The culture they live in makes them sick (Zadie Smith also sees this kind of TB of the soul) as it encourages all the tools and devices around the rational, modern world to exploit and expose the viscera of emotion in only one way: pain and pleasure, strong and weak, male and female. Loss and gain. Nothing but a form of consumption which romanticises itself: all relationship is transactional.
Where’s the place that history, culture and politics can reach these students? Where can learning and hope be? It is still to be fought for.
Normal People releases the narrative as prisoner of some kind of strange post holocaust suffering, using both privileged and underprivileged eyes. It’s a story about all kinds of education where children are brought up to behave ‘as if’ they already know everything, as if in their twenties their best time is already over. A place where they have to act a role that’s already written for them, having to pretend rather than being able to make believe and act out.
It proves how absurd that is.
It’s hard to prove or distinguish between the under and over privileged here as they’re both groomed for role play in a claustrophobic world that is always defamiliarised: a world that can never be ‘known’ and owned and things they thought were good and true, believed, desired, wanted disappear before their (our) very eyes. So if they make it up noone’s any the wiser.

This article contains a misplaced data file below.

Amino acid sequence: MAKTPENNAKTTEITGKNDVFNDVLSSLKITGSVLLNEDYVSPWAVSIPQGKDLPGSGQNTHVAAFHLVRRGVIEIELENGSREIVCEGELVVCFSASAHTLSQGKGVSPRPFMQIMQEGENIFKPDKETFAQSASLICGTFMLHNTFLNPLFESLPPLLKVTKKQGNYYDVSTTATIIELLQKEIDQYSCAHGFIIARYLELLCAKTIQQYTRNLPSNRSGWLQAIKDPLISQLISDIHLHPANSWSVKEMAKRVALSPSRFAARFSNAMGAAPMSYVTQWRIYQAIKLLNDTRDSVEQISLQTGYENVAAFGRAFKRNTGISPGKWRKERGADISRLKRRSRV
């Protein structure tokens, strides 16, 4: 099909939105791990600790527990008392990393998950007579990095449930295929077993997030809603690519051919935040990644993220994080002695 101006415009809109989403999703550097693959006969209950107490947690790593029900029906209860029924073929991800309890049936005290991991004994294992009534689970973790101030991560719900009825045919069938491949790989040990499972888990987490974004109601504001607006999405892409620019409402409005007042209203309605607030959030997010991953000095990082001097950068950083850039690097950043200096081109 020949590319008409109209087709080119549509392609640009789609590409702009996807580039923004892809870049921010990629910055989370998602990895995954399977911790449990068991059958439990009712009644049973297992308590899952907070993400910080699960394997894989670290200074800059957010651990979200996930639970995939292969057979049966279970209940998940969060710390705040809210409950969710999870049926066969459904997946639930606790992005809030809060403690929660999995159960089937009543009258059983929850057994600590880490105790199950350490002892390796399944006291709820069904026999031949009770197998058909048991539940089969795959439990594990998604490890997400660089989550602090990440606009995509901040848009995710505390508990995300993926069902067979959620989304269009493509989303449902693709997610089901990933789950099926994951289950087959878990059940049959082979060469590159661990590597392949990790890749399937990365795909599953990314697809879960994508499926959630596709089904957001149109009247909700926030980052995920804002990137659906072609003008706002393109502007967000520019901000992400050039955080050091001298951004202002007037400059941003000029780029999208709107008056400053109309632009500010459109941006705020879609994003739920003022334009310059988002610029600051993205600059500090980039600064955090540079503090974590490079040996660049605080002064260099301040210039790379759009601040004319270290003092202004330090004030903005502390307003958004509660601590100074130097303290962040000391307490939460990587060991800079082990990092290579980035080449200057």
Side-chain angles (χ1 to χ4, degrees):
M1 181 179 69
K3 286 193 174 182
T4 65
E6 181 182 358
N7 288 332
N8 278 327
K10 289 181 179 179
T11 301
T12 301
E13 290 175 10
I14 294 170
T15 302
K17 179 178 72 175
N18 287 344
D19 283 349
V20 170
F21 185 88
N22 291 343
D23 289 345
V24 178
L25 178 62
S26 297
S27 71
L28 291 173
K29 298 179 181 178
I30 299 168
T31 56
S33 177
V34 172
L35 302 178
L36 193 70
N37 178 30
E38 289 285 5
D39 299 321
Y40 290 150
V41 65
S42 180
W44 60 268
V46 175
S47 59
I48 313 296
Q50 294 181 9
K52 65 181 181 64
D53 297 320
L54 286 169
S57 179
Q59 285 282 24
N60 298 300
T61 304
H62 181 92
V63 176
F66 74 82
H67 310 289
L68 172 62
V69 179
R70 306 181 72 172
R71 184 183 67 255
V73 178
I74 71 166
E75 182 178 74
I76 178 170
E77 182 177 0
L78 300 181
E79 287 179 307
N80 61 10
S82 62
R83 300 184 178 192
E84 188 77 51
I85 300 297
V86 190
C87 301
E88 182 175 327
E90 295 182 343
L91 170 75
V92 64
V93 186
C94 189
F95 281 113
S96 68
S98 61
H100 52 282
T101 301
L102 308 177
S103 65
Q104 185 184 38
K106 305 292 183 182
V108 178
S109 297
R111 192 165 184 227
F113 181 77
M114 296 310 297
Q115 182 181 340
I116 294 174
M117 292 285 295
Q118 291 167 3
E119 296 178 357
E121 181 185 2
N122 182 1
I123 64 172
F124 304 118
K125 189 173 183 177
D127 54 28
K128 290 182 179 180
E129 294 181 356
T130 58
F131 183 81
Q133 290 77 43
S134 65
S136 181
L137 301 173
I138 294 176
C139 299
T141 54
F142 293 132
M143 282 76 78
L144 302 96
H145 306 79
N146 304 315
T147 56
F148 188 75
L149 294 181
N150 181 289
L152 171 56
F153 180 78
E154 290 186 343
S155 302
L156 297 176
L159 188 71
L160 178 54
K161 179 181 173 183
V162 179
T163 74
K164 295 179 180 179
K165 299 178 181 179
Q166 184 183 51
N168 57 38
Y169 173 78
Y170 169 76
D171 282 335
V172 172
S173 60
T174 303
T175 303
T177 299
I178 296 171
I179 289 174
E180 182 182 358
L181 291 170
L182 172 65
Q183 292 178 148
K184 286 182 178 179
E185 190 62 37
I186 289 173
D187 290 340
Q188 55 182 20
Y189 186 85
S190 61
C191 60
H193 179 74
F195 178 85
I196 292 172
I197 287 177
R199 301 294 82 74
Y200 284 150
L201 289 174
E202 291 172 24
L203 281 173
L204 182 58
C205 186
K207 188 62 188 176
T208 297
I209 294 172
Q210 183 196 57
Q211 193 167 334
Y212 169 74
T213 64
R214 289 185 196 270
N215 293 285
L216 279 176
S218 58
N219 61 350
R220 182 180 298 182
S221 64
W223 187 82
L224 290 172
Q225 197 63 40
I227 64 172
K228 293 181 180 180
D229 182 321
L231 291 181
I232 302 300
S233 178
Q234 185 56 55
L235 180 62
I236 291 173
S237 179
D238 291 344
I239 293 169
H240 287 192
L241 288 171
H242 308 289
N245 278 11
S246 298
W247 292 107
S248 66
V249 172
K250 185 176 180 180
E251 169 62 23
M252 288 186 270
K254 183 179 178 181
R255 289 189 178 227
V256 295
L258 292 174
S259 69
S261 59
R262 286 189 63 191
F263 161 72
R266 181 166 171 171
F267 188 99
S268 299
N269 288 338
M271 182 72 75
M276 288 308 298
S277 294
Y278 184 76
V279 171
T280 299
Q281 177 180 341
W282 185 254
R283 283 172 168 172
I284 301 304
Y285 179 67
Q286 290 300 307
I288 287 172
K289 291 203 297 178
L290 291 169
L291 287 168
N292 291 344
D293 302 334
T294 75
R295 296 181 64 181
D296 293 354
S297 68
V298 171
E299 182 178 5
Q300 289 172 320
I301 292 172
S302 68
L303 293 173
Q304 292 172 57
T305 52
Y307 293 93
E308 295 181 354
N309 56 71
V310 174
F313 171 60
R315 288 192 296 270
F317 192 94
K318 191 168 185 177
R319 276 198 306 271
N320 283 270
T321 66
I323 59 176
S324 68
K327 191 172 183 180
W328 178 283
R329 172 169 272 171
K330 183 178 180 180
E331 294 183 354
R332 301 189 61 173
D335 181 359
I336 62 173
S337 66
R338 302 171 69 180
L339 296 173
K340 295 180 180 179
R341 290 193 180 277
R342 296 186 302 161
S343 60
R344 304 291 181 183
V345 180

But the very act of charting this, creates dishonesty’s fiercest critic.
How do you bring these spirits of ‘would be’/’as if’ people, shared places to life in contemporary Europe?
How can there be a new creativity that isn’t ruined by a historical notion of ownership that wants to consume them and their creativity? How can people exist honestly and on equal terms more often? How can we feel and smell the sense, historical ground and culture they came from: ground they shared, ground they aspire to without fear and oppression?
How can they (and we) learn that we really know nothing at all really while we accept such inequality. People drop dead all the time but not for the reasons we think they do.
I don’t know the answers. Yet Sally Rooney’s characters show me what it’s like to live ‘on license’ in capitalism and in that sense it breaks up the tarmac we’ve put on our roads for too long.
Capitalism, as Rooney has shown, is a place deep in our hearts and souls: a place truthful and bleak, counterfeit and already always devalued, yet somewhere we have also driven hope.